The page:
In more than a century of flight, aircraft have gone form crude one-man gliders to sleek, supersonic jets. Th e earliest airplanes were simple, open-cockpit craft made from wooden frames and covered in cloth with single propellers prone to stalling in midair. It took many daring men and women to figure out how airplanes worked and how they could be improved. One Arkansas family became pioneers in aviation, including two of the earliest women pilots in the United States. Katherine Stinson led this family of pilots and became a celebrity in the years before World War I.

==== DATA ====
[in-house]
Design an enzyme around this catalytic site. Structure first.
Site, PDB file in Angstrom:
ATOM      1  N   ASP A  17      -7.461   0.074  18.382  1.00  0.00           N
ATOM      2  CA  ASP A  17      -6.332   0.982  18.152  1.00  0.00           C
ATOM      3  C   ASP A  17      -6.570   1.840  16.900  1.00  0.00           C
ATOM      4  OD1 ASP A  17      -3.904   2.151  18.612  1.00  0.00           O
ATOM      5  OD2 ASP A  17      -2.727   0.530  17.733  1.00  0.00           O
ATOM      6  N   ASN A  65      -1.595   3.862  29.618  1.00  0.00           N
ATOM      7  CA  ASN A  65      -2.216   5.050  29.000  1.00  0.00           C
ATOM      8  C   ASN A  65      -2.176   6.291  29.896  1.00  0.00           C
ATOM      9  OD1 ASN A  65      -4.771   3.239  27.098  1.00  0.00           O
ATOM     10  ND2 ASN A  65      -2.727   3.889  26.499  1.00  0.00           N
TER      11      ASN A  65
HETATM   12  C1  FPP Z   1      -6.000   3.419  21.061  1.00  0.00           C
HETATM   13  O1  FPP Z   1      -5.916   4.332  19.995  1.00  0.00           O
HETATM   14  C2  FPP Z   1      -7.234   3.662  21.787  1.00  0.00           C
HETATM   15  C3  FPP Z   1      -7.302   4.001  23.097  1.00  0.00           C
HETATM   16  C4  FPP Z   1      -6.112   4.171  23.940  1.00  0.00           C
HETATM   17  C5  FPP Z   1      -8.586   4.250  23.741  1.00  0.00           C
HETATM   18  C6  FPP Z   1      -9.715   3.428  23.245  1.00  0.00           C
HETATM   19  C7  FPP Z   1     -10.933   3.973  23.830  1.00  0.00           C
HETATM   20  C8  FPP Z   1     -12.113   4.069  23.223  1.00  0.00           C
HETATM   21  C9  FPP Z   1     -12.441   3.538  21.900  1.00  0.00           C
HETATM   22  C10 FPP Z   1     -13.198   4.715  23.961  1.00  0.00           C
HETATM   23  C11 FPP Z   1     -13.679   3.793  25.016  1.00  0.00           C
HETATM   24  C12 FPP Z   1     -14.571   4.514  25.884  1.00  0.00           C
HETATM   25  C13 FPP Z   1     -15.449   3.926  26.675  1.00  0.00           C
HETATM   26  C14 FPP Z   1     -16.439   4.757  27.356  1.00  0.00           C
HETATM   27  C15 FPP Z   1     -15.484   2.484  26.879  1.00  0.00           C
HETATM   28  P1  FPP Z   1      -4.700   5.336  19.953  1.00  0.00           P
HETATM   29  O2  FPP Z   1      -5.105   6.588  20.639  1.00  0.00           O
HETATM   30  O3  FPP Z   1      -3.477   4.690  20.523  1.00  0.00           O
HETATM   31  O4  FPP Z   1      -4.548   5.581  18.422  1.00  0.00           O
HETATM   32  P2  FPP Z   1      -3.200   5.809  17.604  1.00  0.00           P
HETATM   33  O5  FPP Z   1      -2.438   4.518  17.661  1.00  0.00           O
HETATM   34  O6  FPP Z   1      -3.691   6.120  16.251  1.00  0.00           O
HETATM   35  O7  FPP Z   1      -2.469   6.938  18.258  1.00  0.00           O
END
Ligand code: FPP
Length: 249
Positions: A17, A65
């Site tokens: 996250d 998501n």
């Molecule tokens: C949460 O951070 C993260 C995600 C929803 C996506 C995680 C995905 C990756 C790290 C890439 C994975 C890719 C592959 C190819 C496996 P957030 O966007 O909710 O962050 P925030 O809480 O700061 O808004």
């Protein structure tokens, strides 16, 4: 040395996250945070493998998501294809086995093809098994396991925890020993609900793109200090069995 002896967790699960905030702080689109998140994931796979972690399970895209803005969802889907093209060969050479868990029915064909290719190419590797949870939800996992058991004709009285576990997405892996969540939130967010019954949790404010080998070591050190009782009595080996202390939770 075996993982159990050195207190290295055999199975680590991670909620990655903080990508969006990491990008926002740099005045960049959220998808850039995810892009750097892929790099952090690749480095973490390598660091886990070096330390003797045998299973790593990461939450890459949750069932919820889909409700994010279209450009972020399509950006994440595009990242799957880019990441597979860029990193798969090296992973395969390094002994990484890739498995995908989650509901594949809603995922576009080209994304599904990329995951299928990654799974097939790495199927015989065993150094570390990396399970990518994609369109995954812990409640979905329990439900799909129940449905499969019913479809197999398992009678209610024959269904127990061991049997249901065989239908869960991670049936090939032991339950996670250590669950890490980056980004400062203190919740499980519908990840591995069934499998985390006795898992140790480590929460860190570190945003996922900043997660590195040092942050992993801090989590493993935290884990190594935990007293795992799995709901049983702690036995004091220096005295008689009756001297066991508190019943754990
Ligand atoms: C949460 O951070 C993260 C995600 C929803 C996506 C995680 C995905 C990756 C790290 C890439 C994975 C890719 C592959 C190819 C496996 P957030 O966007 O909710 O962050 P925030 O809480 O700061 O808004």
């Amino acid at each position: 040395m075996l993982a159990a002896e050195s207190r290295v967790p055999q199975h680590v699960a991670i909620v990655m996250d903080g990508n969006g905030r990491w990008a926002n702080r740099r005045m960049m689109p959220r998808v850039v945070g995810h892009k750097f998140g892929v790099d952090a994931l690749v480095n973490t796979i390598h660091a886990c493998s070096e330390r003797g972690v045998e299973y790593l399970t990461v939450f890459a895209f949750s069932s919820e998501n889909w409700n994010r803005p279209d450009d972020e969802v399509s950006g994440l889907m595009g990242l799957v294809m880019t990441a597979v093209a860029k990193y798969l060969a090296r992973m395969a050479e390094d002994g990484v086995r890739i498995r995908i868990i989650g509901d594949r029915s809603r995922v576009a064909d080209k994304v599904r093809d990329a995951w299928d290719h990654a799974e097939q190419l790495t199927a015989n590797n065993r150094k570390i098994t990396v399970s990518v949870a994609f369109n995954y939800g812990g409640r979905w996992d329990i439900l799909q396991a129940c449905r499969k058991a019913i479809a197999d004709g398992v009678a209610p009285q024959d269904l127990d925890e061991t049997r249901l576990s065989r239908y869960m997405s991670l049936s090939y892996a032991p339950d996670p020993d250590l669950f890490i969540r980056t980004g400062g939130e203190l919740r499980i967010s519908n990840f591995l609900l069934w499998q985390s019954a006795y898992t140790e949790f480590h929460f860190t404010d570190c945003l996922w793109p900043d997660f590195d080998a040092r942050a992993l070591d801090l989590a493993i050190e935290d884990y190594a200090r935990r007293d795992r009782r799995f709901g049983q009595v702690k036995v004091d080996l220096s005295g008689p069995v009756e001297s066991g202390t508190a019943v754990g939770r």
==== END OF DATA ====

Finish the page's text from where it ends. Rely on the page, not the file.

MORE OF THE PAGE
Katherine Stinson was born on Valentine’s Day 1891 in Northeast Alabama, the eldest of four children. Her brother Edward, Jr., born in 1893 and sister Marjorie, born in 1894, would also follow her into aviation. Their father was an electrical engineer. When they were still young, the family moved to Mississippi to be near their father’s family. Shortly after the turn of the century, they moved to Pine Bluff. It was in Pine Bluff where their love of aviation began.
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